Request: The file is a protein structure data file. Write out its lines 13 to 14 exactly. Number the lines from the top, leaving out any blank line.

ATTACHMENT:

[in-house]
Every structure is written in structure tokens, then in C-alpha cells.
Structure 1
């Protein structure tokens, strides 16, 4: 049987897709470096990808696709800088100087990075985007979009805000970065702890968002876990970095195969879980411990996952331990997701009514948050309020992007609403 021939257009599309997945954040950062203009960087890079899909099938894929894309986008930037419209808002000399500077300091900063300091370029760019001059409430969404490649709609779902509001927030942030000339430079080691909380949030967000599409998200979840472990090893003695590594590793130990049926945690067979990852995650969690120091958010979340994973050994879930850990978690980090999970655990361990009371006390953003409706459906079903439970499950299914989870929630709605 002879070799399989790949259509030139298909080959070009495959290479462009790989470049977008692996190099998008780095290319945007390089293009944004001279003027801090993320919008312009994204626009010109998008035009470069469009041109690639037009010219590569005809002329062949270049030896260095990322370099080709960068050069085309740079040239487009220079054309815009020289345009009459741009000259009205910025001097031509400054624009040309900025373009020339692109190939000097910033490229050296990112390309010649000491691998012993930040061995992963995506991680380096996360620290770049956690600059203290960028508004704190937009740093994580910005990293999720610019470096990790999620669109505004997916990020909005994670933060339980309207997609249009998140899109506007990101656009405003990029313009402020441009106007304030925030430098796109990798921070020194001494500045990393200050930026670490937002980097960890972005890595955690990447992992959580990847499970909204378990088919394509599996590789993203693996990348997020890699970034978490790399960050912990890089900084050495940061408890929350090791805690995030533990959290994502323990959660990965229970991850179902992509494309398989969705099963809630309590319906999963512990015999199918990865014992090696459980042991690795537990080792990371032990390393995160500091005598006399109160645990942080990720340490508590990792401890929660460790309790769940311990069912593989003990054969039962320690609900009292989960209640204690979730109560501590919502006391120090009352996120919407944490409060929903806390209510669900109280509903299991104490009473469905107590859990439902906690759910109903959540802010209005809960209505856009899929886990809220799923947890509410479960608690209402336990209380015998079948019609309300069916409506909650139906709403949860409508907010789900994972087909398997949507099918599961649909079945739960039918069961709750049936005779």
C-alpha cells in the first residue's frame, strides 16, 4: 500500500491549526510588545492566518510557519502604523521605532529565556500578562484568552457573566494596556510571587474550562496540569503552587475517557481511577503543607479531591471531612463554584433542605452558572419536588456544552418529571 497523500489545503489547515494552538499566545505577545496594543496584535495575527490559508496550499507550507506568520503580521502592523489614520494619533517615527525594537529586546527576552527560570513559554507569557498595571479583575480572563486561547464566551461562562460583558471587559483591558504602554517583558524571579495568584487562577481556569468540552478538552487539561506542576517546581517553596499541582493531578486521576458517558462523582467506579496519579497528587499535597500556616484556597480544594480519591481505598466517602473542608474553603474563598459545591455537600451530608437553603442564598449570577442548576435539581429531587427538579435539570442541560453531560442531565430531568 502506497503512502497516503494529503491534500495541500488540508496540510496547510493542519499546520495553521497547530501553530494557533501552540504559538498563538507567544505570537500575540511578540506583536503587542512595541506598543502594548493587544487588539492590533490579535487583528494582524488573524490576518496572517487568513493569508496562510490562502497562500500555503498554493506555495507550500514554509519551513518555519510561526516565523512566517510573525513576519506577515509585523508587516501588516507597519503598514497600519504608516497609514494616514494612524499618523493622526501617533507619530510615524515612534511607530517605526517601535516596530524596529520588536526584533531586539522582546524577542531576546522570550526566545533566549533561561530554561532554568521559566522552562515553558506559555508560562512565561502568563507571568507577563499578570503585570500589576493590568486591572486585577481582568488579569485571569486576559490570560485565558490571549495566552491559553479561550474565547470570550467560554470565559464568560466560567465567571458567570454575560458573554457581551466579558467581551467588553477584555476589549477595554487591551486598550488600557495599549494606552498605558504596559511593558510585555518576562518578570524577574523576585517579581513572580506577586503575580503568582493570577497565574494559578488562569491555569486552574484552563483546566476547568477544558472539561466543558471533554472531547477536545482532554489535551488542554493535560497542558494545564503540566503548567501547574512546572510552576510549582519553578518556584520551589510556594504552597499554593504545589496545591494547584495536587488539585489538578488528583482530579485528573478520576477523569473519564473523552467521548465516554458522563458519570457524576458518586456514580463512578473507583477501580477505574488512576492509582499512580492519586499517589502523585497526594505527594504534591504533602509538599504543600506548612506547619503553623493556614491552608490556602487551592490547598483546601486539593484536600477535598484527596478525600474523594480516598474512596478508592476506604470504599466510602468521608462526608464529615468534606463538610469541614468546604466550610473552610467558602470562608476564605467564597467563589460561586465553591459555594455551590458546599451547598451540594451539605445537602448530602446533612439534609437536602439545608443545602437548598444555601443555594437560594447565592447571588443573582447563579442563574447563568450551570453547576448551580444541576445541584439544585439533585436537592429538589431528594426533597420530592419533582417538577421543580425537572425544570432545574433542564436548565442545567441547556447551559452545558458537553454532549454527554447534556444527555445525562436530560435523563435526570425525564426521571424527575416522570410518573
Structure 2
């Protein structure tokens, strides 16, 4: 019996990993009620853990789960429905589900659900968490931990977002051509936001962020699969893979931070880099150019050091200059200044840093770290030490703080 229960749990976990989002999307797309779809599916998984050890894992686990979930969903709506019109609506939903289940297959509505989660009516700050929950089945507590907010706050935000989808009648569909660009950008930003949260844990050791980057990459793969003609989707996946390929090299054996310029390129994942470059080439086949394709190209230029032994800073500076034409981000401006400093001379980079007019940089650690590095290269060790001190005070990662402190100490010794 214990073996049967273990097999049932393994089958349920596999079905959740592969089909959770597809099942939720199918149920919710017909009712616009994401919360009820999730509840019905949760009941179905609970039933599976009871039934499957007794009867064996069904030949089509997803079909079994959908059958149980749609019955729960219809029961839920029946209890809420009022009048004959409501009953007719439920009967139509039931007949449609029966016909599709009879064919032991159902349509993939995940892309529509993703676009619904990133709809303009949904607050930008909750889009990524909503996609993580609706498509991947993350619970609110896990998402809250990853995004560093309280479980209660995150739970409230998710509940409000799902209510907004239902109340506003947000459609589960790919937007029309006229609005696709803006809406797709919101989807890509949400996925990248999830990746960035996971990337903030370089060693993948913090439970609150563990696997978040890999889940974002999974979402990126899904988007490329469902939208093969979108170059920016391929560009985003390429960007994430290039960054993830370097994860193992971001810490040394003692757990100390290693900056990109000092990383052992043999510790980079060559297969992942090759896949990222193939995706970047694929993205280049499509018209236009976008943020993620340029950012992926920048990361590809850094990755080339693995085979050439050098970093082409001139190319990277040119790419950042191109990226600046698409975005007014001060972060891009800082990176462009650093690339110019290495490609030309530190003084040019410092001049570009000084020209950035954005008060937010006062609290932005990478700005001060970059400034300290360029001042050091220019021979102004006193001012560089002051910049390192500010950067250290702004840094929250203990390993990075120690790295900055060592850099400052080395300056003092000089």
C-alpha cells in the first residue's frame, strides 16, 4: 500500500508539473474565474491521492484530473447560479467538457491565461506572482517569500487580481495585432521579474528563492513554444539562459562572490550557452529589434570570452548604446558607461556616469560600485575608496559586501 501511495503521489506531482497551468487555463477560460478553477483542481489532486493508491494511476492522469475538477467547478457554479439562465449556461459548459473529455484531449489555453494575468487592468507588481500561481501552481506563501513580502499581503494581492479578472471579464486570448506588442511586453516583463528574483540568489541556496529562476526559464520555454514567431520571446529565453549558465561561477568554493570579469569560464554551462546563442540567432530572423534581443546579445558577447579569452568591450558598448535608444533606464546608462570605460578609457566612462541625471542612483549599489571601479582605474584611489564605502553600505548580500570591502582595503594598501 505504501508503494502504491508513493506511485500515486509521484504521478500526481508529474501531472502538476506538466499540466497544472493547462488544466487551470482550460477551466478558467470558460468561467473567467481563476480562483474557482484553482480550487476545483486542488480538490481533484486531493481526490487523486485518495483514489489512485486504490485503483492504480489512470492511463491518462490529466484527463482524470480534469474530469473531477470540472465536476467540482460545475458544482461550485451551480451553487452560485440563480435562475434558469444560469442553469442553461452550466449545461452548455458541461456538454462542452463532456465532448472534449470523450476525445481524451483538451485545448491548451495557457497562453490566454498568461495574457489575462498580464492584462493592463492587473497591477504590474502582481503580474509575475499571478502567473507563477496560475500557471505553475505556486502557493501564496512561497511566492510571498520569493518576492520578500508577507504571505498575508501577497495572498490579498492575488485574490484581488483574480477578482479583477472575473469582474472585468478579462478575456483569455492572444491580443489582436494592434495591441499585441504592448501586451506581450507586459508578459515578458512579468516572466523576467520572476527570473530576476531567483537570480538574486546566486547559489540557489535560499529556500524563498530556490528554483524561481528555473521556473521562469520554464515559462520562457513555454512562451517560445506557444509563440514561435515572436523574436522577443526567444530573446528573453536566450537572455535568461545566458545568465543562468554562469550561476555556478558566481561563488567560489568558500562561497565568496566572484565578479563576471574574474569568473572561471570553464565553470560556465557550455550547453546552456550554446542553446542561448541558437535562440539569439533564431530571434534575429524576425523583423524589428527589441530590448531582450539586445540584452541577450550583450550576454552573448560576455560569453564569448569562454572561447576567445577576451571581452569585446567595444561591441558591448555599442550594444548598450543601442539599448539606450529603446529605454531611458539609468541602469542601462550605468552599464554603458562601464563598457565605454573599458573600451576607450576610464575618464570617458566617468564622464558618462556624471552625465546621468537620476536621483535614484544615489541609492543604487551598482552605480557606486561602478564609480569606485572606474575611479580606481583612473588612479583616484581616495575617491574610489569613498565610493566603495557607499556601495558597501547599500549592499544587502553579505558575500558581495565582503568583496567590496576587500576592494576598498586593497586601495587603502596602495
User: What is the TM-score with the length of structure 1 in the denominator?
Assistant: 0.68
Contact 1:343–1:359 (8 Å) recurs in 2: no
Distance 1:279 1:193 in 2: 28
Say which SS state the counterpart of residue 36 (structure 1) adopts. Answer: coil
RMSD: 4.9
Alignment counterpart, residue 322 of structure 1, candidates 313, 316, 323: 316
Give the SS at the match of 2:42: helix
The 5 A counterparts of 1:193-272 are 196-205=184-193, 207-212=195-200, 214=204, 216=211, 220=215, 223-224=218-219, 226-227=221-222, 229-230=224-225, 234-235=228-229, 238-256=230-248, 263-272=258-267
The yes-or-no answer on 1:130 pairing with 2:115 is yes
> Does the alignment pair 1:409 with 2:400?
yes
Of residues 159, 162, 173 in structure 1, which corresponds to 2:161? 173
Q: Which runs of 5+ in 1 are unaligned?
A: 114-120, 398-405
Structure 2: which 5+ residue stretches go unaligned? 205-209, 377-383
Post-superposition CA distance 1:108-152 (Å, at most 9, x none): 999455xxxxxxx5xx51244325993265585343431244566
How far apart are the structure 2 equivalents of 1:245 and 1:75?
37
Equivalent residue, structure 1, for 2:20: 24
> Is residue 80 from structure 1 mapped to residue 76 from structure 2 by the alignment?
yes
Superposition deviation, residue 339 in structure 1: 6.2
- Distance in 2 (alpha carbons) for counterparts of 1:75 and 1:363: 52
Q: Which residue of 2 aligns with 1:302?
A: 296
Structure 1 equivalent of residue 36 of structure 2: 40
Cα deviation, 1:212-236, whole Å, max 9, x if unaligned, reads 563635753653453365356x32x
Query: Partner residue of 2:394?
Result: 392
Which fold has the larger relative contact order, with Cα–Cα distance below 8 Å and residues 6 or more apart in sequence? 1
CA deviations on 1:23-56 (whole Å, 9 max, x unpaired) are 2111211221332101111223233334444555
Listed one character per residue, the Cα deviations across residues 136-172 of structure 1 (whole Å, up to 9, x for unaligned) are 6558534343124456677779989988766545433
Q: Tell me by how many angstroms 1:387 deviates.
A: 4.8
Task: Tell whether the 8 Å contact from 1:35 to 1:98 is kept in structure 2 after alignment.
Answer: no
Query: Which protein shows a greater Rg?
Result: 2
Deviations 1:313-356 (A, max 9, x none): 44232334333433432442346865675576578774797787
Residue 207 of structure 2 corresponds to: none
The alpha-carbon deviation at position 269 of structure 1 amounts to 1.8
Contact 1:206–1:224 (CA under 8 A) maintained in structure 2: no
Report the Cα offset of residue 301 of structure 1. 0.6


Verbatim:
Say which SS state the counterpart of residue 36 (structure 1) adopts. Answer: coil
RMSD: 4.9